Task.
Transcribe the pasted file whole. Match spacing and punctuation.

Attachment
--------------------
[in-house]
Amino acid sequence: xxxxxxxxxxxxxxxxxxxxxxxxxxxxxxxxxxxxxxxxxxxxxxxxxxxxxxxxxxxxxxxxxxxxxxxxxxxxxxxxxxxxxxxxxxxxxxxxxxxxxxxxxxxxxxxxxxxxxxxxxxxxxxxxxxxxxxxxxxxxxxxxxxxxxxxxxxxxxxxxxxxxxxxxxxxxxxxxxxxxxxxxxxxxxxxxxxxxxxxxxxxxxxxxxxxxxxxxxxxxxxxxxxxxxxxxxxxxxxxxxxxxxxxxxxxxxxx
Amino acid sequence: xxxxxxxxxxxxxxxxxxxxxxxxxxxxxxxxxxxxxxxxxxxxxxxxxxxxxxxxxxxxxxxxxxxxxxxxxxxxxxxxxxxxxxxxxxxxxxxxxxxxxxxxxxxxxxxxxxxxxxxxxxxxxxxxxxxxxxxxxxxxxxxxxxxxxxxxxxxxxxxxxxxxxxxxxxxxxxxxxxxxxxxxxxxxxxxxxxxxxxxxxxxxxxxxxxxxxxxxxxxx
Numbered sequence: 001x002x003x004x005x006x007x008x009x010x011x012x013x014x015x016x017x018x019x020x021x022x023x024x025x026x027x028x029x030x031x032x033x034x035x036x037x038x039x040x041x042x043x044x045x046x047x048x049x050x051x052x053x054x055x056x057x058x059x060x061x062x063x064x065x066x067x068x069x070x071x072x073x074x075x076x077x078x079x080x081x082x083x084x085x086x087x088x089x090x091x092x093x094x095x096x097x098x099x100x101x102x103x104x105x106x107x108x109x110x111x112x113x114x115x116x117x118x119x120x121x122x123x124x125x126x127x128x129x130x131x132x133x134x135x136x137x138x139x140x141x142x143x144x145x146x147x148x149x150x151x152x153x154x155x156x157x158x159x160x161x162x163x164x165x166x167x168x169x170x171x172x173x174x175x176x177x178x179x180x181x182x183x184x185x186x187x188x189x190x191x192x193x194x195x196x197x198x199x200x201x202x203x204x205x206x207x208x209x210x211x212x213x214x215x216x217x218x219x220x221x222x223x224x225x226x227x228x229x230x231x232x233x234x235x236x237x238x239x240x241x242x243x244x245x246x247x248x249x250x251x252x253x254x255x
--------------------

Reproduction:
[in-house]
Amino acid sequence: xxxxxxxxxxxxxxxxxxxxxxxxxxxxxxxxxxxxxxxxxxxxxxxxxxxxxxxxxxxxxxxxxxxxxxxxxxxxxxxxxxxxxxxxxxxxxxxxxxxxxxxxxxxxxxxxxxxxxxxxxxxxxxxxxxxxxxxxxxxxxxxxxxxxxxxxxxxxxxxxxxxxxxxxxxxxxxxxxxxxxxxxxxxxxxxxxxxxxxxxxxxxxxxxxxxxxxxxxxxxxxxxxxxxxxxxxxxxxxxxxxxxxxxxxxxxxxx
Amino acid sequence: xxxxxxxxxxxxxxxxxxxxxxxxxxxxxxxxxxxxxxxxxxxxxxxxxxxxxxxxxxxxxxxxxxxxxxxxxxxxxxxxxxxxxxxxxxxxxxxxxxxxxxxxxxxxxxxxxxxxxxxxxxxxxxxxxxxxxxxxxxxxxxxxxxxxxxxxxxxxxxxxxxxxxxxxxxxxxxxxxxxxxxxxxxxxxxxxxxxxxxxxxxxxxxxxxxxxxxxxxxxx
Numbered sequence: 001x002x003x004x005x006x007x008x009x010x011x012x013x014x015x016x017x018x019x020x021x022x023x024x025x026x027x028x029x030x031x032x033x034x035x036x037x038x039x040x041x042x043x044x045x046x047x048x049x050x051x052x053x054x055x056x057x058x059x060x061x062x063x064x065x066x067x068x069x070x071x072x073x074x075x076x077x078x079x080x081x082x083x084x085x086x087x088x089x090x091x092x093x094x095x096x097x098x099x100x101x102x103x104x105x106x107x108x109x110x111x112x113x114x115x116x117x118x119x120x121x122x123x124x125x126x127x128x129x130x131x132x133x134x135x136x137x138x139x140x141x142x143x144x145x146x147x148x149x150x151x152x153x154x155x156x157x158x159x160x161x162x163x164x165x166x167x168x169x170x171x172x173x174x175x176x177x178x179x180x181x182x183x184x185x186x187x188x189x190x191x192x193x194x195x196x197x198x199x200x201x202x203x204x205x206x207x208x209x210x211x212x213x214x215x216x217x218x219x220x221x222x223x224x225x226x227x228x229x230x231x232x233x234x235x236x237x238x239x240x241x242x243x244x245x246x247x248x249x250x251x252x253x254x255x